And like the original act, Burrows’ would permit the governor to control “ingress and egress to and from” areas under the declared disaster, as well as “suspend or limit the sale, dispensing, or transportation of alcoholic beverages, explosives, and combustibles.”

Not included in that list, though, is the sale, dispensing, or transportation of firearms and ammunition — a notable difference from Chapter 418.

Burrows’ bill also adds a section noting that “actions taken under a declared state of pandemic disaster must satisfy the religious freedom protections” in state and federal code.

Role of Local Government


In the early months of the panic at the pandemic, state officials sent mixed messages to local officials about who had the authority to impose what regulations, such as Abbott initially saying that penalties could not be imposed for mask mandates and then saying that counties could force businesses to require masks.

Ultimately, the main approach that Abbott has taken is to issue executive orders that supersede all conflicting local regulations and tie the hands of municipal and county executives from imposing stricter rules.

Burrows’ bill codifies that policy so that any orders issued by the governor or the Department of State Health Services automatically override any inconsistent local orders or rules.


One of the controversies in Texas ahead of the 2020 election was the attempt of the interim Harris County Clerk, Chris Hollins, to send out applications for mail ballots to more than 2.7 million voters in the county.

The measure was opposed by the secretary of state, the attorney general, and ultimately the Texas Supreme Court.

The Pandemic Response Act would prevent similar situations from occurring by requiring any political subdivision to receive approval from the secretary of state before “seeking to alter, in response to a pandemic disaster, any voting standard, practice, or procedure in a manner not otherwise expressly authorized by the Election Code.”

Property Taxes

Last session, Burrows was the chief House proponent of the Senate Bill (SB) 2 property tax reform, and that focus has carried over this session in one section of the bill.

One section in HB 3 would prohibit cities and counties from raising property taxes during a tax year in which businesses were closed through pandemic emergency order.

While aimed directly at “normal” tax increases permitted under SB 2’s limits, it could also be used as recourse for localities that take advantage of the disaster loophole which some cities and counties have used to exceed the newly established limits.

Miscellaneous Provisions

Criminal Penalty

After Shelley Luther was sentenced to seven days in jail by a Dallas district judge for violating Abbott’s executive order by reopening her salon, Abbott announced that he would retroactively amend his orders to preclude the penalty of jail time.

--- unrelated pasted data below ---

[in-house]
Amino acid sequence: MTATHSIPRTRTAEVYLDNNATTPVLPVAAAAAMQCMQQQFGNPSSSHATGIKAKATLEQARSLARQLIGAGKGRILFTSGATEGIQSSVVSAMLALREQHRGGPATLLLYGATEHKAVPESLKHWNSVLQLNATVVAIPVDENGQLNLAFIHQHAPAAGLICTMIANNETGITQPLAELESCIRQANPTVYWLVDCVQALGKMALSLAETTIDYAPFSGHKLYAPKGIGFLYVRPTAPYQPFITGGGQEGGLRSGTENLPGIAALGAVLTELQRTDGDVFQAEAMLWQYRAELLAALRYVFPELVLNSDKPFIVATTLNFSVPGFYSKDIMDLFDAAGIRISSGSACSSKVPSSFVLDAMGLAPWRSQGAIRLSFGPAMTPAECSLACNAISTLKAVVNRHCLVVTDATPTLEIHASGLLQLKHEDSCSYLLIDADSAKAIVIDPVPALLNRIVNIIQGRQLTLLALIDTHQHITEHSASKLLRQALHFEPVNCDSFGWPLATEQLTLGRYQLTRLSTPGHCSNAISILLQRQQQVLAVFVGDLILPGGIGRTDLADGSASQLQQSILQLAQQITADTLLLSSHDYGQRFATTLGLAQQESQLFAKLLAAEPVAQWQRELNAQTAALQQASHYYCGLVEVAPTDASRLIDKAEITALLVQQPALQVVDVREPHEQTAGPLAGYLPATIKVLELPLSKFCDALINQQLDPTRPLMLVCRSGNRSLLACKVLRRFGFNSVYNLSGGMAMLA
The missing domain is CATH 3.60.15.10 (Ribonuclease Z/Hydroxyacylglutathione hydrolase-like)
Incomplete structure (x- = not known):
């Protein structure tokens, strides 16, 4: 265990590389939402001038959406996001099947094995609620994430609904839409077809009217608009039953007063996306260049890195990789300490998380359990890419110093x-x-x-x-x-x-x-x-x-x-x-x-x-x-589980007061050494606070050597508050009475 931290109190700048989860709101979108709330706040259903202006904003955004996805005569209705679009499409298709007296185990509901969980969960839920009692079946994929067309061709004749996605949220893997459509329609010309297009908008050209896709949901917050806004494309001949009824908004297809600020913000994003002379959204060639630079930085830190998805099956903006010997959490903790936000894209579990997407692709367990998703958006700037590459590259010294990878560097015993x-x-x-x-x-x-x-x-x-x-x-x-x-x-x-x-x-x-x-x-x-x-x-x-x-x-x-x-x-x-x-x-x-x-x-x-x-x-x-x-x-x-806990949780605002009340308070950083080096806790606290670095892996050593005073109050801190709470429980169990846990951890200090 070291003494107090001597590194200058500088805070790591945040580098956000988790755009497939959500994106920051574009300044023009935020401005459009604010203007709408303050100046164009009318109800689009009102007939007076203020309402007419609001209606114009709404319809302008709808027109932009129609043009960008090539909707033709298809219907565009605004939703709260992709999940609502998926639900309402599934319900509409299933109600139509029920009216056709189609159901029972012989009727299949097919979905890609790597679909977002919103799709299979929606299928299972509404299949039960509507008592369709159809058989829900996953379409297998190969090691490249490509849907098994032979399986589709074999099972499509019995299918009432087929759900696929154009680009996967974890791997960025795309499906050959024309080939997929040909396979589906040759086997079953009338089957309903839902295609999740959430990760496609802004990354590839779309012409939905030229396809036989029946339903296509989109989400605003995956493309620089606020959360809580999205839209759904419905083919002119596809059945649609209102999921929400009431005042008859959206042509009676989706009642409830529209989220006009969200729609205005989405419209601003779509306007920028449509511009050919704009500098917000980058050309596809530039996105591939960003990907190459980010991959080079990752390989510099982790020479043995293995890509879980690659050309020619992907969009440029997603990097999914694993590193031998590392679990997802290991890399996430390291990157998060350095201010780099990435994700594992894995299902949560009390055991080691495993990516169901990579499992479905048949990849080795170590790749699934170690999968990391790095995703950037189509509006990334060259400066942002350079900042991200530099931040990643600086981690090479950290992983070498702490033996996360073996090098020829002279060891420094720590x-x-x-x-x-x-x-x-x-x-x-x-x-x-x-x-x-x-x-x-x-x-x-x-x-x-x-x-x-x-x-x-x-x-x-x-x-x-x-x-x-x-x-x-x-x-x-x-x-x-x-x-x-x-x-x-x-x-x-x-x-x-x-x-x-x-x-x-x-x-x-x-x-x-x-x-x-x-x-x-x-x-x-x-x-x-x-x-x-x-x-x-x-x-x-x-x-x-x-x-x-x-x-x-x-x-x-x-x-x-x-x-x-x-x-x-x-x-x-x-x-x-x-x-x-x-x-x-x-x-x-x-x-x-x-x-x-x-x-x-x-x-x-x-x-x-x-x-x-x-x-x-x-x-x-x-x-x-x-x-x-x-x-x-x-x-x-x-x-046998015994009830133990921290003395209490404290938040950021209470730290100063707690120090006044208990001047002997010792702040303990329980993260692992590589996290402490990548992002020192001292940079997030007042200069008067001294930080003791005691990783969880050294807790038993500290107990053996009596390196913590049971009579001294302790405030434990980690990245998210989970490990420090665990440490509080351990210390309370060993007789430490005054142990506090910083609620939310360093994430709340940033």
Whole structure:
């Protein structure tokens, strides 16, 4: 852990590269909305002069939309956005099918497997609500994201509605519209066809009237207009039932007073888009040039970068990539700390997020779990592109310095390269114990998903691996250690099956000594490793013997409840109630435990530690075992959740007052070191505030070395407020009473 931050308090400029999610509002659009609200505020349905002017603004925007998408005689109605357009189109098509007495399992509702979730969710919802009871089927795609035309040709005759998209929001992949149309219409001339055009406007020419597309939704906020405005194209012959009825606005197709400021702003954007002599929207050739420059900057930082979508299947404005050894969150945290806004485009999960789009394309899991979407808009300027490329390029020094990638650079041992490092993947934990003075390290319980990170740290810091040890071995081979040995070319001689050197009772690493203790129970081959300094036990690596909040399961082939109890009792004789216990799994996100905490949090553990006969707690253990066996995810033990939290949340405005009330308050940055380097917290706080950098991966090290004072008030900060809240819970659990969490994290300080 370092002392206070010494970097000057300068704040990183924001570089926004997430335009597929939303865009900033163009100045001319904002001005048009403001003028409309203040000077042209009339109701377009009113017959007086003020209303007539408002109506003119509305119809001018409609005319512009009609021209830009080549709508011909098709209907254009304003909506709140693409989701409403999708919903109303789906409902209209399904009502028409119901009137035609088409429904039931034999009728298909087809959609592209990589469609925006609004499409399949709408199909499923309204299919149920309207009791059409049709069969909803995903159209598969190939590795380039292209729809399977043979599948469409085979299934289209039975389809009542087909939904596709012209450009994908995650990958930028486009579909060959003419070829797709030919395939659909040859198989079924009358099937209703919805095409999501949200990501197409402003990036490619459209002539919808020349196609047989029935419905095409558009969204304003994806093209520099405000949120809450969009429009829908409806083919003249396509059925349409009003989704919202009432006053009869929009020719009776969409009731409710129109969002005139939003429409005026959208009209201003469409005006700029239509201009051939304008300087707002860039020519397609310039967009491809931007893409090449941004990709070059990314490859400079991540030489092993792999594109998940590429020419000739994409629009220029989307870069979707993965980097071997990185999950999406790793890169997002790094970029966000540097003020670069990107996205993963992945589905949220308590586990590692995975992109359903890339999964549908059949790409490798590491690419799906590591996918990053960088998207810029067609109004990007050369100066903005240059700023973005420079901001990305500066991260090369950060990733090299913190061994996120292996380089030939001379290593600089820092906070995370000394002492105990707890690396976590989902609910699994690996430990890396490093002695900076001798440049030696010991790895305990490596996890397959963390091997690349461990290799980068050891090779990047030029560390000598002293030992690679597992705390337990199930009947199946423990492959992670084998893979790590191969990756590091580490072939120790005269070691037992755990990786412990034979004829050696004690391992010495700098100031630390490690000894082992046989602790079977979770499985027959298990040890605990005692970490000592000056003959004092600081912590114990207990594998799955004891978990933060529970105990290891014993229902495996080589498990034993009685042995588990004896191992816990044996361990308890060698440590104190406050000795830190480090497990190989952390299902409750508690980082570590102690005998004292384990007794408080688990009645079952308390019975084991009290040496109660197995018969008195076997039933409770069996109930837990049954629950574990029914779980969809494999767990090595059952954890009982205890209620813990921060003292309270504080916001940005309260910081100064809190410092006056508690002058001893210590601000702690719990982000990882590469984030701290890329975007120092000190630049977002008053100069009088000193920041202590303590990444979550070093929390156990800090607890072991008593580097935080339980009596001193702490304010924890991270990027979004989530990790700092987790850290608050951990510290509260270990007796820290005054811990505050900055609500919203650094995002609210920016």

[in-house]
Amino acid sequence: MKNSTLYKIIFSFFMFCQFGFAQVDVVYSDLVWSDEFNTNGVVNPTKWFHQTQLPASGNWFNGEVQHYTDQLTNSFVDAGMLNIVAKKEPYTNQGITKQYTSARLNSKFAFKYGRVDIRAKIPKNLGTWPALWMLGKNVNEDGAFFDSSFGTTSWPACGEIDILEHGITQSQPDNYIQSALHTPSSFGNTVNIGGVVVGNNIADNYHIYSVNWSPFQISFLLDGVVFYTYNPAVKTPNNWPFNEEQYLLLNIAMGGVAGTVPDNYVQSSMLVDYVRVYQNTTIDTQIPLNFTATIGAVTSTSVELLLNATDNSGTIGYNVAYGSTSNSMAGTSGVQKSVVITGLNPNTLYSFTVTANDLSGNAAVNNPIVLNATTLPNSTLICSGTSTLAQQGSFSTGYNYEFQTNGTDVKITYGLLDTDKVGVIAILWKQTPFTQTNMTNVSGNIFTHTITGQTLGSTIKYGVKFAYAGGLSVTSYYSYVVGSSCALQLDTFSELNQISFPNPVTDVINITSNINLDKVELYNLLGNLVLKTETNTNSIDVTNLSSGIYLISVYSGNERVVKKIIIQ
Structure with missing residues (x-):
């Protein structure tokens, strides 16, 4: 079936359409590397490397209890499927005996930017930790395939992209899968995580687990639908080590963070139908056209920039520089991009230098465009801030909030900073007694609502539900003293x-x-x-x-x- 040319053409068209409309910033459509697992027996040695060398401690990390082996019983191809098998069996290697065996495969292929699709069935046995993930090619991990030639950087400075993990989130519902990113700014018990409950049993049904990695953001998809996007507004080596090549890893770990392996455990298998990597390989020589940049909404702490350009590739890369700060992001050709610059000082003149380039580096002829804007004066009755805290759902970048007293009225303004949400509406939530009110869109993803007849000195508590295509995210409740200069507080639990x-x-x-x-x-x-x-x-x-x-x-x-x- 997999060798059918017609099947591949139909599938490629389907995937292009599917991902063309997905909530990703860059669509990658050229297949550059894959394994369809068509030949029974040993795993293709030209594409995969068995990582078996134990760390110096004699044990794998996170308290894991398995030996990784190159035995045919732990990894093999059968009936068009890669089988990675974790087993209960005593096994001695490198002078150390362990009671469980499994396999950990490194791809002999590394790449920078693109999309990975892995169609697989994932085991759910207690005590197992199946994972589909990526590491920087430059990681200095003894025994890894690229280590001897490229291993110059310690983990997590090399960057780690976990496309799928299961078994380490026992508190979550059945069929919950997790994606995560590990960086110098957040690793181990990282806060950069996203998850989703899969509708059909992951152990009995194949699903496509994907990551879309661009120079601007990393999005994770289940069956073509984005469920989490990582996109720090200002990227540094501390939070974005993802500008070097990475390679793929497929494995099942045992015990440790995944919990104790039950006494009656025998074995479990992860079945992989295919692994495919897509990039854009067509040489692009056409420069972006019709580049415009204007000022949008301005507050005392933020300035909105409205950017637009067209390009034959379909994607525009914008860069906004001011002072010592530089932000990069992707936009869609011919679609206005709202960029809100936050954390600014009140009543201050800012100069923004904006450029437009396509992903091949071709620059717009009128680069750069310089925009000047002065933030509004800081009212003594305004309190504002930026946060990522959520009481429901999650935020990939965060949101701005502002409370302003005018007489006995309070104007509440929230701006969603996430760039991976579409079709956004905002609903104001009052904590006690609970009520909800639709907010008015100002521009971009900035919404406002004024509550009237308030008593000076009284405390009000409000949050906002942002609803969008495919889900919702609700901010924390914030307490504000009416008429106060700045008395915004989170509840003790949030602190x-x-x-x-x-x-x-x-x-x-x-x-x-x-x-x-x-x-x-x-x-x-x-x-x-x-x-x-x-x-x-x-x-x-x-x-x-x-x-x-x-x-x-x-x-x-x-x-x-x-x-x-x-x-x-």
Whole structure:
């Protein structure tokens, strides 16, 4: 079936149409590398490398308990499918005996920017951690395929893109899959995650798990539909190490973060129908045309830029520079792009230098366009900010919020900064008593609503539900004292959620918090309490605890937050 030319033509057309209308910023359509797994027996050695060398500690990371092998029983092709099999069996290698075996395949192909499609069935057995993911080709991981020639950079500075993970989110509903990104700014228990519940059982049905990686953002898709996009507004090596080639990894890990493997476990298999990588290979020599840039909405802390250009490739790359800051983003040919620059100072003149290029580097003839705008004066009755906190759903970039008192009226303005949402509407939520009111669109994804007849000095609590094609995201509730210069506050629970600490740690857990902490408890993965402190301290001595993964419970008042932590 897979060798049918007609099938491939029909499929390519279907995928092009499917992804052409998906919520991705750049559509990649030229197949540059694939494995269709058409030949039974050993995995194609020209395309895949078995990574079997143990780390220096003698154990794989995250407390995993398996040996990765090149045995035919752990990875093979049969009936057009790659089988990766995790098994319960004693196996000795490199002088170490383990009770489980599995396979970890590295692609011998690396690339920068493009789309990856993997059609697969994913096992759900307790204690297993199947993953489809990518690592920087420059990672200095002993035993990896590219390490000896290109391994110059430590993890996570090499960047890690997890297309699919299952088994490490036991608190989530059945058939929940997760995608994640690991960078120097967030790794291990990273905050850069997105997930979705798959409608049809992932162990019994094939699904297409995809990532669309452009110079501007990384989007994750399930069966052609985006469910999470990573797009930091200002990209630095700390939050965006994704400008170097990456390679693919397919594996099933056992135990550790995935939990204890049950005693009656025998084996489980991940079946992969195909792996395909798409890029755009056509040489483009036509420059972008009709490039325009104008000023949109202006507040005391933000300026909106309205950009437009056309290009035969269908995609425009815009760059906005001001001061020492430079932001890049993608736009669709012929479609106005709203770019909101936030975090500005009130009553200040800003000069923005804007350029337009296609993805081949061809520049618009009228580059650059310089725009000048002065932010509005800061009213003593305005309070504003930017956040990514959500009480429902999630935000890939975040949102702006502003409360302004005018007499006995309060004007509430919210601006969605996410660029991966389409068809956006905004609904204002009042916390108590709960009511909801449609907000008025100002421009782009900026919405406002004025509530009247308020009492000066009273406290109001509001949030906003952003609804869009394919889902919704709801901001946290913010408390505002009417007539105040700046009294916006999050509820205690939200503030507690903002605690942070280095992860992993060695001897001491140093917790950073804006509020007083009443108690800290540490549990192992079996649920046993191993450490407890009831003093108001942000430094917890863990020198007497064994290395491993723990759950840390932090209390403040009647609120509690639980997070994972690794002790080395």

Under Chapter 418, a violation of an emergency management plan “may prescribe a punishment for the offense but may not prescribe a fine that exceeds $1,000 or confinement in jail for a term that exceeds 180 days.”

The proposed legislation would still include a maximum $1,000 fine for violations of a pandemic disaster order, but does not provide the option of confinement.


Amidst the COVID-19 pandemic, there was much debate over in-person or virtual school instruction, with some public health officials pushing for the latter in contrast with openings by the governor and many teachers refusing to return to the classroom.

In his legislation, Burrows seeks to provide another option for parents who want — or need, because of their job — their children to receive in-person instruction.

Under the act, the commissioner of education would have the discretion to “approve instructional programs provided off-campus [. . .] in which participation by a student of a district or charter school shall be counted for purposes of determining average daily attendance.”

The school districts that remain closed would have to compensate the alternate program or the education commissioner would reimburse it with funds deducted from the district.

Burrows said that schools that want to keep students under their instruction “can avoid this by just having their doors open.”

Next Steps

In order to be put on the books next to the Texas Disaster Act, HB 3 will need to go through committees and be passed by the House and Senate.

It has yet to be filed in the Senate, but on Monday, Burrows’ House bill was referred to the State Affairs Committee that is chaired by Rep. Chris Paddie (R-Marshall).

Burrows emphasized that he wants a “full and robust debate” about amendments on his bill, and noted he would encourage “legislators who are paying attention to this policy area [. . .] to visit with the governor’s office to have their vantage point, and talk to them about what they did and why they did it and what their considerations were, so they can fully digest that.”

Brad Johnson contributed to this report.


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Daniel Friend

Daniel Friend is the Marketing and Media Manager for The Texan. After graduating with a double-major in Political Science and Humanities, he wrote for The Texan as a reporter through June 2022. In his spare time, you're likely to find him working on The Testimony of Calvin Lewis, an Abolition of Man-inspired novel and theatrical podcast.